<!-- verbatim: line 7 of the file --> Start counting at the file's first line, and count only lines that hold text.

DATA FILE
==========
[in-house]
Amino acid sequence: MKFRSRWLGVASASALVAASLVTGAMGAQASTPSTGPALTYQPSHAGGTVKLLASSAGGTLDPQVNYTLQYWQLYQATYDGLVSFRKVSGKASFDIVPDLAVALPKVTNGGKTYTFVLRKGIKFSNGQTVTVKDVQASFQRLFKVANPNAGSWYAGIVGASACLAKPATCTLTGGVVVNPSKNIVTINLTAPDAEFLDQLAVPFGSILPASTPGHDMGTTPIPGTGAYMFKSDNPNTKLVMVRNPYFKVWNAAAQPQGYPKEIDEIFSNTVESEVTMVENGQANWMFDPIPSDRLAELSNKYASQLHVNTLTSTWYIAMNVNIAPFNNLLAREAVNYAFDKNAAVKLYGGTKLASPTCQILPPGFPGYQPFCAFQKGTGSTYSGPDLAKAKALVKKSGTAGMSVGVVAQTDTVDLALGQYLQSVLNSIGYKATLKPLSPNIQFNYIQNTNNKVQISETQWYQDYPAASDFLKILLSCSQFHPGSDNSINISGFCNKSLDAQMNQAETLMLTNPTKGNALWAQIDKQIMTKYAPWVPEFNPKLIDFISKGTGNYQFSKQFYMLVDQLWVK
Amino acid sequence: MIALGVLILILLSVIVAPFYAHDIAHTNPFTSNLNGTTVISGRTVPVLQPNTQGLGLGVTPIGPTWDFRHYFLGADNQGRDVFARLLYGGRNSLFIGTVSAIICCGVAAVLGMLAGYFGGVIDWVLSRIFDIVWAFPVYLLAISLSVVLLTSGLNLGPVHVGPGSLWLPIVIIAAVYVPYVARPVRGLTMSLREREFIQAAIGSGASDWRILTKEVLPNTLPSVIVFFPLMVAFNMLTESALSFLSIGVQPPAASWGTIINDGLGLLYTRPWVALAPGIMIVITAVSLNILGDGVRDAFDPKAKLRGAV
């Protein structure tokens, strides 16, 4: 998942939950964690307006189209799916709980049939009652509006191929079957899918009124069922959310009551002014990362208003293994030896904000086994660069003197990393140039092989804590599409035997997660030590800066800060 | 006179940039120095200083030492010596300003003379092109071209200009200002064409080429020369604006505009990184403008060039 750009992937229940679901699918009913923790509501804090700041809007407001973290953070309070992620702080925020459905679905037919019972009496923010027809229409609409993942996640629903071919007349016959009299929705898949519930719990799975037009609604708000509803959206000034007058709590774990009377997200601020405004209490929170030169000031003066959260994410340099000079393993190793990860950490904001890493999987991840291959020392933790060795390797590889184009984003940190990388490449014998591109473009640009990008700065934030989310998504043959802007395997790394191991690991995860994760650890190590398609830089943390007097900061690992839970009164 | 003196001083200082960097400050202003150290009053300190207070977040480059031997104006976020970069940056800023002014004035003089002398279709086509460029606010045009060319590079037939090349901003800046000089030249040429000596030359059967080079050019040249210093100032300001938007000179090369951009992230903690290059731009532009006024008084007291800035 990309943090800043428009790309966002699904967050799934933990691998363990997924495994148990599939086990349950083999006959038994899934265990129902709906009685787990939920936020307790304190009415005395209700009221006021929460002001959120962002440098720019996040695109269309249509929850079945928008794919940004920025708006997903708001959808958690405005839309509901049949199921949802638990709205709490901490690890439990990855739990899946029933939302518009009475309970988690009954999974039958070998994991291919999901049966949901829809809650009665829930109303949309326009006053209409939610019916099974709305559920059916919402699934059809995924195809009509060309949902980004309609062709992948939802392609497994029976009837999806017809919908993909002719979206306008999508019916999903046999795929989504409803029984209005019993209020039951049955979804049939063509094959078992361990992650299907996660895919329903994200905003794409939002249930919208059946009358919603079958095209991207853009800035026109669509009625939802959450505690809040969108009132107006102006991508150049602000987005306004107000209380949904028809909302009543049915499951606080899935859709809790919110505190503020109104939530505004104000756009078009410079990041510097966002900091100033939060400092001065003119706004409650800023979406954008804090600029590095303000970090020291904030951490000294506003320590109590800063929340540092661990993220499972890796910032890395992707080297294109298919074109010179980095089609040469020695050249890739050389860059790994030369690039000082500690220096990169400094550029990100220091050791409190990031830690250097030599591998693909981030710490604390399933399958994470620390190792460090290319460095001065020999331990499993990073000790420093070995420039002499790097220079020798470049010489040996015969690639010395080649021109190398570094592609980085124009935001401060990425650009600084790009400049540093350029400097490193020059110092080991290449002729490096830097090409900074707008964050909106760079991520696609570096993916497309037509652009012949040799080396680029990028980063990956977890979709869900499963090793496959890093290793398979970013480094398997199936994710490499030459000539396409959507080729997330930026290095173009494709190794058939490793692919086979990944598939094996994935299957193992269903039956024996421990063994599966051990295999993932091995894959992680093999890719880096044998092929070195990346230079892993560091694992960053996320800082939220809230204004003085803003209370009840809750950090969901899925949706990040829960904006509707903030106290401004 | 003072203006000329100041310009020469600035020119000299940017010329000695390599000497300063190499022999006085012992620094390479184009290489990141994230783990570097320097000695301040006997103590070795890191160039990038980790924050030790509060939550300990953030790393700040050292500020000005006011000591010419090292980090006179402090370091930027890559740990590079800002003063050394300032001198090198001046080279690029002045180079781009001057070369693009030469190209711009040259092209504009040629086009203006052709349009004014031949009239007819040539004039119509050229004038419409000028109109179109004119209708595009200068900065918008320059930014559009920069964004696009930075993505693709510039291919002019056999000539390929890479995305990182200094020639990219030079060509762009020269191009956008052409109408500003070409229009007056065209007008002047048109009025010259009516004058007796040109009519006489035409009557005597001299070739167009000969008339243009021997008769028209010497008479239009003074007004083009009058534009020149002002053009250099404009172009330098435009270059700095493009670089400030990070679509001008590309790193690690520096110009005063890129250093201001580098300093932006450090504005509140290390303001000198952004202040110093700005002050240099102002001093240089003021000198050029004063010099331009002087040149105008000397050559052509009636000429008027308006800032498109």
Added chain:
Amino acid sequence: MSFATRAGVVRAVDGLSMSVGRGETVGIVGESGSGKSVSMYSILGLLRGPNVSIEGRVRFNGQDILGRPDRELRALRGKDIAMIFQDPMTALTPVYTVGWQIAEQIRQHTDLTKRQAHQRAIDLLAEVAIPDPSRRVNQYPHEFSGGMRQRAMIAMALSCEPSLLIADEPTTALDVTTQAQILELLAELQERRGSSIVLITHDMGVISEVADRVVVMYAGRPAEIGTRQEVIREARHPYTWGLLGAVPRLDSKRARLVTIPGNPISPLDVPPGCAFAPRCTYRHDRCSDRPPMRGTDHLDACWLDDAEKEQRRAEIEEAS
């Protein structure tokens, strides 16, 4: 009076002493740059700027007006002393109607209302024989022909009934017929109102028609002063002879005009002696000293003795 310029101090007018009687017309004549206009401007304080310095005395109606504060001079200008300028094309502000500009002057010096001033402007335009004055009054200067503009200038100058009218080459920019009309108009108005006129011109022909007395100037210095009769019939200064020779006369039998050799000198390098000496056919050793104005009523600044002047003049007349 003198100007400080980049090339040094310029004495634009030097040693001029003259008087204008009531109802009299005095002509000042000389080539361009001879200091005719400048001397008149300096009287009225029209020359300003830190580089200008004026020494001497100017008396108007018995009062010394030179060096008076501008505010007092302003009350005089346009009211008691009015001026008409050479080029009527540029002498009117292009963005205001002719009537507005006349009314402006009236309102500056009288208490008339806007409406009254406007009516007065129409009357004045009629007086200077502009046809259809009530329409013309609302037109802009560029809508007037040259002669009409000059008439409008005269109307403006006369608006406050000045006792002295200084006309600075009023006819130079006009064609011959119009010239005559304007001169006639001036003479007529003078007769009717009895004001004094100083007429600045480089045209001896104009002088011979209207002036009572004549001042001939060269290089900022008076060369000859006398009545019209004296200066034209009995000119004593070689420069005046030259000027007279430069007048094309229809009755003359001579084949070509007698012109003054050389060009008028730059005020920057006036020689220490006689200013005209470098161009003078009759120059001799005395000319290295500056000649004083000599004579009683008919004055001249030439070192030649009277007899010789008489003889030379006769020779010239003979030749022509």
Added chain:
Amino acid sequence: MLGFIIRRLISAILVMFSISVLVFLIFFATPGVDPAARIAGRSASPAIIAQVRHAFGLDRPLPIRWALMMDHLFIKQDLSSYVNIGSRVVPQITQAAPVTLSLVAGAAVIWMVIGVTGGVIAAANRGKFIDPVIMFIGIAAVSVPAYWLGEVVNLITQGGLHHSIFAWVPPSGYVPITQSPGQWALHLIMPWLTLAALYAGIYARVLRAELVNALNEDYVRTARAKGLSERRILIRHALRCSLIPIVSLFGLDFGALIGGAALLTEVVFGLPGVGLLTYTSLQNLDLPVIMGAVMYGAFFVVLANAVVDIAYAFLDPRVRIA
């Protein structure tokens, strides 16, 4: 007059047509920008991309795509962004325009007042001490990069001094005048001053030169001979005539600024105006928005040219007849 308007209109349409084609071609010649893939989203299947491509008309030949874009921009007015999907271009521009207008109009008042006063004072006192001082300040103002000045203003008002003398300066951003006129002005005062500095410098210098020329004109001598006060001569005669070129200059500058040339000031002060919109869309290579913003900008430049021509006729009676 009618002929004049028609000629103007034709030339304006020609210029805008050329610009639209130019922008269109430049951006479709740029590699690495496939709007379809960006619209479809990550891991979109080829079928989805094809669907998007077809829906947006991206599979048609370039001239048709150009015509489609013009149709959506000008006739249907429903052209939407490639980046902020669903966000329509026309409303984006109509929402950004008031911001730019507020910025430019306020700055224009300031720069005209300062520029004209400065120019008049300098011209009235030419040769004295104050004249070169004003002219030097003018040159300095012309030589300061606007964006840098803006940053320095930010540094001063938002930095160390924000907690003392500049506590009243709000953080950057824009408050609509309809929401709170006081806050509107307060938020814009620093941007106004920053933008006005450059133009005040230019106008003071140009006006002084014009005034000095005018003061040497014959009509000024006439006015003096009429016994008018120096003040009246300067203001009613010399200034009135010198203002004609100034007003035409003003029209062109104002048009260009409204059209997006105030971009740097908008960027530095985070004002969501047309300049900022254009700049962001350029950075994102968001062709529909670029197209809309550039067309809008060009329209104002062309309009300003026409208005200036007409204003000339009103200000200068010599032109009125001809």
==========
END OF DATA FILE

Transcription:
């Protein structure tokens, strides 16, 4: 009076002493740059700027007006002393109607209302024989022909009934017929109102028609002063002879005009002696000293003795 310029101090007018009687017309004549206009401007304080310095005395109606504060001079200008300028094309502000500009002057010096001033402007335009004055009054200067503009200038100058009218080459920019009309108009108005006129011109022909007395100037210095009769019939200064020779006369039998050799000198390098000496056919050793104005009523600044002047003049007349 003198100007400080980049090339040094310029004495634009030097040693001029003259008087204008009531109802009299005095002509000042000389080539361009001879200091005719400048001397008149300096009287009225029209020359300003830190580089200008004026020494001497100017008396108007018995009062010394030179060096008076501008505010007092302003009350005089346009009211008691009015001026008409050479080029009527540029002498009117292009963005205001002719009537507005006349009314402006009236309102500056009288208490008339806007409406009254406007009516007065129409009357004045009629007086200077502009046809259809009530329409013309609302037109802009560029809508007037040259002669009409000059008439409008005269109307403006006369608006406050000045006792002295200084006309600075009023006819130079006009064609011959119009010239005559304007001169006639001036003479007529003078007769009717009895004001004094100083007429600045480089045209001896104009002088011979209207002036009572004549001042001939060269290089900022008076060369000859006398009545019209004296200066034209009995000119004593070689420069005046030259000027007279430069007048094309229809009755003359001579084949070509007698012109003054050389060009008028730059005020920057006036020689220490006689200013005209470098161009003078009759120059001799005395000319290295500056000649004083000599004579009683008919004055001249030439070192030649009277007899010789008489003889030379006769020779010239003979030749022509």